Replacing a line? Have another look at your double sheet bend. An easy knot unless you do it "backwards" and then its pretty much useless.

http://itunes.apple.com/us/app/alarm-clock-free/id332064280?mt=8 FREE
Hey. It's a clock. It's useful, and it's free.


http://itunes.apple.com/ca/app/clouds-and-weather/id363799763?mt=8 Help teach yourself weather patterns

Pretty basic. Not much info, and few pictures.


Meh. Uses the camera to show 4X magnification view on screen. Okay in a pinch to read a menu, but its a pretty blurry, soft focus 4X magnification considering the resolution capable on an iphone4.

Tuesday, September 14, 2010

Review: FASTFIND PLB vs SPOT Personal Tracker

Imagine that you just had a bad landing. You're lying in a field with a busted leg, a mere hour's drive from home but in an area with poor or non-existant cell coverage. You might be surprised to learn that over 50-percent of the US is like that. And the percentage is higher, that is to say, worse up here in Canada.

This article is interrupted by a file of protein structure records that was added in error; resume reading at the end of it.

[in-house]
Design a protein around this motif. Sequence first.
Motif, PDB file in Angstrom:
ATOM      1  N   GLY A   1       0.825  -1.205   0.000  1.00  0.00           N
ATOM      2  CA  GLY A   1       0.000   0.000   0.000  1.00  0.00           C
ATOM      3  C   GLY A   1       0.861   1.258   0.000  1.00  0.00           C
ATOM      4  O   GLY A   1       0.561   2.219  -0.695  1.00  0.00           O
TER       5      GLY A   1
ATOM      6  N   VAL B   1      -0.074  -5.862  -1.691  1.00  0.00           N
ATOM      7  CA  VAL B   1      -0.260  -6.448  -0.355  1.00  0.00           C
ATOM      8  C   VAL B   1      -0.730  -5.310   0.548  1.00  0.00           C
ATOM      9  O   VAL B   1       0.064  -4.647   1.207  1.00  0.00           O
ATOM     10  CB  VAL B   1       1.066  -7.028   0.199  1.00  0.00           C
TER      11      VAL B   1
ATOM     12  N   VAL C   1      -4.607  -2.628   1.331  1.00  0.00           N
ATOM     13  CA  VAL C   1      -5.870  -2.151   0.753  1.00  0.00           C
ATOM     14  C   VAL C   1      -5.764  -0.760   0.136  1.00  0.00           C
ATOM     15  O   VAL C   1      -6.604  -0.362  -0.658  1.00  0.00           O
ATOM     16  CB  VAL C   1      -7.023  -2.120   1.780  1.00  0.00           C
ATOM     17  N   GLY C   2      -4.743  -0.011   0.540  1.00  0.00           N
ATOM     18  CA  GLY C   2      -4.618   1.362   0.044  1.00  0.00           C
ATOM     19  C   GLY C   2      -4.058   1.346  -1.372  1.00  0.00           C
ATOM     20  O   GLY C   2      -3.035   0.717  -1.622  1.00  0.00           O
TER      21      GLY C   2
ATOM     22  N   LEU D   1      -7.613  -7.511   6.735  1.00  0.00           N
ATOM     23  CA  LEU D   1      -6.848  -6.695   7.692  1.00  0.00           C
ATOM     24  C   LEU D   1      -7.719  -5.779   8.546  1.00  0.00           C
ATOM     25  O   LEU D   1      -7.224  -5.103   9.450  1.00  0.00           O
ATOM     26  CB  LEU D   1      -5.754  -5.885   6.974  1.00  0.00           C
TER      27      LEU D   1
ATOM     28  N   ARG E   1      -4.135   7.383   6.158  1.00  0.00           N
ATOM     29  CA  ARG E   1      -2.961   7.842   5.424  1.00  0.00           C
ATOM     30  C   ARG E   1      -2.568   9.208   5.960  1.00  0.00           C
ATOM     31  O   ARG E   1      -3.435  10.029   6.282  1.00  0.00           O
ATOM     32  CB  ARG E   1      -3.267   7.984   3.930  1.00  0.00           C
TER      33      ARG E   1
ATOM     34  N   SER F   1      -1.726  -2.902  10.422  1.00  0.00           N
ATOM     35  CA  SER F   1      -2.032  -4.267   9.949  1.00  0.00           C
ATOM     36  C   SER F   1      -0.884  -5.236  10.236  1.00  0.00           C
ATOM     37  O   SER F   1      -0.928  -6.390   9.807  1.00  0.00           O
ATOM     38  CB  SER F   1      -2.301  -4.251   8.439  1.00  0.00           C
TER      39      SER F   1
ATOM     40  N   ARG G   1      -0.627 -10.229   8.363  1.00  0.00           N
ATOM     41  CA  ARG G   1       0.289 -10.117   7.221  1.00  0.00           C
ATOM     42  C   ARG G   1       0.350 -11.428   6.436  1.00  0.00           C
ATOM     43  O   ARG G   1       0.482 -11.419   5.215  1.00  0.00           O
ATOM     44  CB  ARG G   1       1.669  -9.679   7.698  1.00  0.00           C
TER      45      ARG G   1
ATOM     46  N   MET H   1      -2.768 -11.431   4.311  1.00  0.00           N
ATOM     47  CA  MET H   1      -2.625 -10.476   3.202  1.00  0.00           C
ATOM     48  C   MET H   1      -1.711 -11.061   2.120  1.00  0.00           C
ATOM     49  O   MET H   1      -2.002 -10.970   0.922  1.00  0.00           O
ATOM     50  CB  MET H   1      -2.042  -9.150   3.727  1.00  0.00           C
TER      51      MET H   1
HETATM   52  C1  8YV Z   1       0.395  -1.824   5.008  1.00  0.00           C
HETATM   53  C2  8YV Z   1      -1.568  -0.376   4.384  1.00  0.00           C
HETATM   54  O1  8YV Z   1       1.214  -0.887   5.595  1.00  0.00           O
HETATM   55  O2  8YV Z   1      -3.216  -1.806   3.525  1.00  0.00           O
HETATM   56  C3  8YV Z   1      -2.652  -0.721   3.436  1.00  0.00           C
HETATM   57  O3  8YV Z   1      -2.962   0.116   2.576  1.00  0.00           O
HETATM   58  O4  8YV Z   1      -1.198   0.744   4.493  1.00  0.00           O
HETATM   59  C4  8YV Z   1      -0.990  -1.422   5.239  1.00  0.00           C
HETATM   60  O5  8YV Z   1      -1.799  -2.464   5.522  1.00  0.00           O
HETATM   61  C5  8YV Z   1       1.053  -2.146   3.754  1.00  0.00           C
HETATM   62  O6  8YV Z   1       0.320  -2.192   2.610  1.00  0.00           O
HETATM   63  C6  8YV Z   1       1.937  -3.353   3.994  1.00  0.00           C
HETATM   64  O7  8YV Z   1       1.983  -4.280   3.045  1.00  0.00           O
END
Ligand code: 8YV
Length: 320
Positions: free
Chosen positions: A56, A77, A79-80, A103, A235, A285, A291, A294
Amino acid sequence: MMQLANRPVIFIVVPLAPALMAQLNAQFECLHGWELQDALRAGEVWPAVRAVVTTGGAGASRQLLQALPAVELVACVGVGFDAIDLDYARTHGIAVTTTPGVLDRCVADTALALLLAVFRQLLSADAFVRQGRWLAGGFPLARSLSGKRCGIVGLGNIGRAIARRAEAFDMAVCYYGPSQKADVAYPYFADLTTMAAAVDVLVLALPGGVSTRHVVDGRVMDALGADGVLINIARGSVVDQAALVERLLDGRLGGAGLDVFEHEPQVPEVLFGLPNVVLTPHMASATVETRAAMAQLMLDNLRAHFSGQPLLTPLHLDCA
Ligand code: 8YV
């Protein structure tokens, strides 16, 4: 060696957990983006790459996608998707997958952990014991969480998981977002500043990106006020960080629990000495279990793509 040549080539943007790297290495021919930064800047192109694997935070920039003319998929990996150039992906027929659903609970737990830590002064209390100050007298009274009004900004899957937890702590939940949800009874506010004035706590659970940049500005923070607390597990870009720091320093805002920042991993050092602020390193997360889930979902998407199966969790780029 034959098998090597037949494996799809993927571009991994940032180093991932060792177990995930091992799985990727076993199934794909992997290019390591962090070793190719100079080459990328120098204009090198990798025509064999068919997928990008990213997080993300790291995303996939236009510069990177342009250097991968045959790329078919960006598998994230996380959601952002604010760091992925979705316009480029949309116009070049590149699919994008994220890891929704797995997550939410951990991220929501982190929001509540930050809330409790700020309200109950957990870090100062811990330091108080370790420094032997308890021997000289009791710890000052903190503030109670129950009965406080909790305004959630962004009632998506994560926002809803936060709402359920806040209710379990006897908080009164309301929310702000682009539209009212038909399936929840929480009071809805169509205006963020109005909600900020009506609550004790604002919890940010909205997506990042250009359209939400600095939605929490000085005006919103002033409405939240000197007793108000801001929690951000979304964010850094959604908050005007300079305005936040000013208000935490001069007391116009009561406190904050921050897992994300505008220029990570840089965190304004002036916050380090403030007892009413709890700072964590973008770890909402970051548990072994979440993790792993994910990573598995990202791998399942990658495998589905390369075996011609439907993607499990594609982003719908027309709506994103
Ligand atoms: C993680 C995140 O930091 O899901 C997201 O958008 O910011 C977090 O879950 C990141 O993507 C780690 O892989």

What to do?

Like an EPIRB (Emergency Position Indicating Radio Beacon) for maritime distress, or an ELT (Emergency Location Transmitter) for aircraft emergencies, a PLB (Personal Location Beacon) can be activated by individuals anywhere. These units transmit on the 406 MHz international distress band, via GEOSAR satellites on the Cospas-Sarsat system which covers pretty much the entirety of the planet.  See: http://cospas-sarsat.org/en/home

If you happen to fly alone on occasion, outside of reliable cellular range, over rough and hilly terrain, forested areas, or over water, you can't expect to always rely on your cellular phone to work in the event of an emergency. You just might want to invest in one of these gizmos and carry it with you when you fly.